Diskspd: Make a Stress Test your hard drives or your server

Which of your hard drives is the fastest? or who is really as fast as promised by the manufacturer? With Microsoft's Diskspd tool, you can do a stress test on your hard drives whether you have a desktop computer or a server in a foreign country.

Hard diskspd

If you want to learn the capacity of IO of your disks, the Diskspd is an excellent tool. It tells you the maximum capacity of hard drives that a server can handle, or you can point to the fastest hard drive to use for heavy workloads (or just for a demanding gaming PC) on a desktop computer.

For example, suppose we have three hard disk drives in our company's computer, or in our house or on our server: drive F, G, and C. If we have the basic MDF data on the drive F, log files (LDF) on drive G and our OS in our C drive, we can evaluate if our setup is effective. For example, data files (MDFs) are the most busy files that read and write your programs, and you wanted to be in the fastest unit.

Microsoft offers this great tool for free, and you can download from Microsoft TechNet or in open source code from GitHub.

Diskspd has been tested and works on versions of Windows 7, 8, 8.1, 10, and Windows Server 2012, 2012 R2, and 2016 Technical Preview 5.

Once downloaded, you will need to export the contents of the .zip file to a folder on your computer. Note that the file contains three different "diskspd.exe" files. One in the "amd64fre" folder is for 64-bit Windows PCs, while the one in the "x86fre" folder is for 32-bit Windows PCs. If you are using a 64-bit version of Windows then it is best to use the 64-bit version.

Run the program through the command line with administrator permissions. In Windows 10 or 8.1, right-click the Start button and select "Command Line". In Windows 7, locate the "command prompt" shortcut in the Start menu, right-click and select "Run as Administrator".

Use the cd command to go to the folder that you saved the program and that contains the Diskspd.exe file

Now, run the Diskspd command with the options you want to use. You will find a complete list of program choices and user information in the DiskSpd_Documentation.pdf file (30 pages) included in the Diskspd file you downloaded.

However, see a typical full command where it defines the block size in 16K (-b16K), runs a 30 (X) dump (-D30) test, disables crashing hardware and software (-SH), keeps latent statistics , uses two IO requests per thread (-O2) and four threads (-X4) per target, uses random access rather than sequential recordings (-r), performs 30% write operations and 70% read functions (-w30). It also creates a testfile.dat file in C, size 50MB (-c50M). If you want to compare D, for example, you have to write D: \ testfile.dat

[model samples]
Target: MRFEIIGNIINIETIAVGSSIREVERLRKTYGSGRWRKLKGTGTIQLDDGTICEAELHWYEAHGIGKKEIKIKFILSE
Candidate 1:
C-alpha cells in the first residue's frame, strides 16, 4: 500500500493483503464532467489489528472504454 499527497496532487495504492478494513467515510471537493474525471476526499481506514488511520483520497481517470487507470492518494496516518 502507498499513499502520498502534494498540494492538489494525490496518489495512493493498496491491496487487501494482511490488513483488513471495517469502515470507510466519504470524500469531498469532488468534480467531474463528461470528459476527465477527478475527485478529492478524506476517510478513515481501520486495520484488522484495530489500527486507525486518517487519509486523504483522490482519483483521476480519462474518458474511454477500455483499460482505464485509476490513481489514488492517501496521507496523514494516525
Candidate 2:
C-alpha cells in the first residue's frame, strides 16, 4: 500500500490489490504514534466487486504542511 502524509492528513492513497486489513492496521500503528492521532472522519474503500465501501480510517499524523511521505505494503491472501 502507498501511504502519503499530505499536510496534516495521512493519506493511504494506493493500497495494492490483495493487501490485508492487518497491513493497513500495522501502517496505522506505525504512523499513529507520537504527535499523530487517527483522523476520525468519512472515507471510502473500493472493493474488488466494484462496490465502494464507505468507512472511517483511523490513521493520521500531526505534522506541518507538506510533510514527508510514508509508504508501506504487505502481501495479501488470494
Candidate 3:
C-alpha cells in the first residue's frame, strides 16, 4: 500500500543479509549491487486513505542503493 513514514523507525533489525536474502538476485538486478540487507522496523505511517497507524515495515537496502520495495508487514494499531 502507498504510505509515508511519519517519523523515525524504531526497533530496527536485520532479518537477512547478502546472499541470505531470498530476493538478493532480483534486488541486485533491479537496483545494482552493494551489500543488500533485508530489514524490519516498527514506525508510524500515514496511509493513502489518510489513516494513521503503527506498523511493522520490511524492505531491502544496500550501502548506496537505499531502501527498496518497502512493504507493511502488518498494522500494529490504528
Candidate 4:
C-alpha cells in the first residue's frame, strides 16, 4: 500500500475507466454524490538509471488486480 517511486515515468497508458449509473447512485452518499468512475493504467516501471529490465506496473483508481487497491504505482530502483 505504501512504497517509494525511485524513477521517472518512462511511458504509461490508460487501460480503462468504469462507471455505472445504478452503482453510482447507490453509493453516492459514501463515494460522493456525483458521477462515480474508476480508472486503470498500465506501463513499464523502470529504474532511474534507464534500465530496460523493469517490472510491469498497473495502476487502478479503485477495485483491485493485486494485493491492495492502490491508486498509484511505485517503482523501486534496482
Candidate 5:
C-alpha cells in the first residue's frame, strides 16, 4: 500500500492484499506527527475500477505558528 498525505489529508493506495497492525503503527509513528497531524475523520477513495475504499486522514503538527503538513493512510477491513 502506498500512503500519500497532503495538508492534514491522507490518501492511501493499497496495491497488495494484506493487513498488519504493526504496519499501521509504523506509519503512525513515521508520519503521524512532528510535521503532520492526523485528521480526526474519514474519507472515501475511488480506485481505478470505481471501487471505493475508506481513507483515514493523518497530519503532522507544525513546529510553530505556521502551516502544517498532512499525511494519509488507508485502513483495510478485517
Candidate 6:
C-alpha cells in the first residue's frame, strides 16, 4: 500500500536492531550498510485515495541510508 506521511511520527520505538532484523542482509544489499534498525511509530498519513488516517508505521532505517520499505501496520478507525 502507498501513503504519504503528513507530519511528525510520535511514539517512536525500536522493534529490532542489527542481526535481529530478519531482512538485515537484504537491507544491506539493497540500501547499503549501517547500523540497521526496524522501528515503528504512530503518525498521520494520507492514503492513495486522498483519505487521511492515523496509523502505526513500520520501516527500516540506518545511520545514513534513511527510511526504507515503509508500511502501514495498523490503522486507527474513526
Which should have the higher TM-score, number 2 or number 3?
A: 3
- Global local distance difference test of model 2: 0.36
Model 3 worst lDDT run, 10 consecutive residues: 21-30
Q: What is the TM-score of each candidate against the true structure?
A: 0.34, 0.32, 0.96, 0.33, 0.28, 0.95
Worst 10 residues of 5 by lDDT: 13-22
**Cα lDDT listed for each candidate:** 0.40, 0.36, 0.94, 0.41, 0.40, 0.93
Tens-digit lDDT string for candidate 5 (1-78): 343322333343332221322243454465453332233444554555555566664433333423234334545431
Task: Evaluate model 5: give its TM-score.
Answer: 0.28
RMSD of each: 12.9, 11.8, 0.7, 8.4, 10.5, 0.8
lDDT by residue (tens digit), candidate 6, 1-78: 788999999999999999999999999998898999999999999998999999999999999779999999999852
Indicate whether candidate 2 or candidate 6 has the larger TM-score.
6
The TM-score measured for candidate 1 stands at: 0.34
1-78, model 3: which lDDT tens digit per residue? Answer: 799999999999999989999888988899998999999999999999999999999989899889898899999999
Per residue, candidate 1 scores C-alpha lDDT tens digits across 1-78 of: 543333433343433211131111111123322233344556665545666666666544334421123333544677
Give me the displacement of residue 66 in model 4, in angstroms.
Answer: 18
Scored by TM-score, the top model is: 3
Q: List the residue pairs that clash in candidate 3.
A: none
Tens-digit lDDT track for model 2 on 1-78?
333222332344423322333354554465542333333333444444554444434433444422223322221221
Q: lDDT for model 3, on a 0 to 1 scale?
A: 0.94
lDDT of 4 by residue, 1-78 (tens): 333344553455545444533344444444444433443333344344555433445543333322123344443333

Diskspd.exe -b16K -d90 -Sh -L -o2 -t4 -r -w30 -c50M c: \ testfile.dat

After the end of the 30 seconds to complete the test, you will see the test results in the Command Prompt.
If you want to save your test results, then the command will be configured as follows:

Diskspd.exe -b16K -d90 -Sh -L -o2 -t4 -r -w30 -c50M c: \ testfile.dat> c: \ testresults.txt


Note the average speed MB / s, how many times a second, how many readings were made per second, and the total I / O (IO) per second. These results are useful when comparing multiple drives to see which one is the fastest but they will also tell you how many IO can handle a hard disk.


If you are trying to figure out which is the fastest hard drive for a particular workload, you should create a command that best suits the workload. For example, if you have a server that only reads data and does not write, you should run a test with 100% reading data without counting any recordings. Run this endurance test on multiple disks and compare the results to see which is the fastest for each type of job.

Note that there are many switches to synthesize the Diskspd command. You will find the full list in the program's help files, but here are a few important options:

-w indicates the percentage of recording and reading functions. For example, inserting -w40 will perform 40% write operations, so the remaining 60% will be read functions. Setting -W100 will execute 100% signup. By skipping the -w switch or inserting -w0 will perform 0% recording functions and 100% read modes.
-r or -S determines whether the test will be random access or sequential operation. Specify -r for random access or -S for successive. This helps you try either accidentally accessing files (often a bunch of small files) or sequential access to the files (often a large file being read and written all at once).
-t indicates the number of threads to execute at the same time, such as -t2 for two threads or -t6 for six threads.
-o indicates the number of pending requests per thread, such as -o4 for four requests or -o2 for two requests.
-d is the duration of the test in seconds, such as -d90 for 90 seconds or -d120 for 120 seconds.
-b is the block size of it reads or writes as -b16K for an 16K block size or -b64K for an 64K block size.

Using these options, you can set the command to see how your drives work under different loads and conditions. Once you write a command that you think approximates the type of workload you are running on your computer, you can run your tests on as many drives as you can and see which one offers the best performance.

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Written by Dimitris

Dimitris hates on Mondays .....

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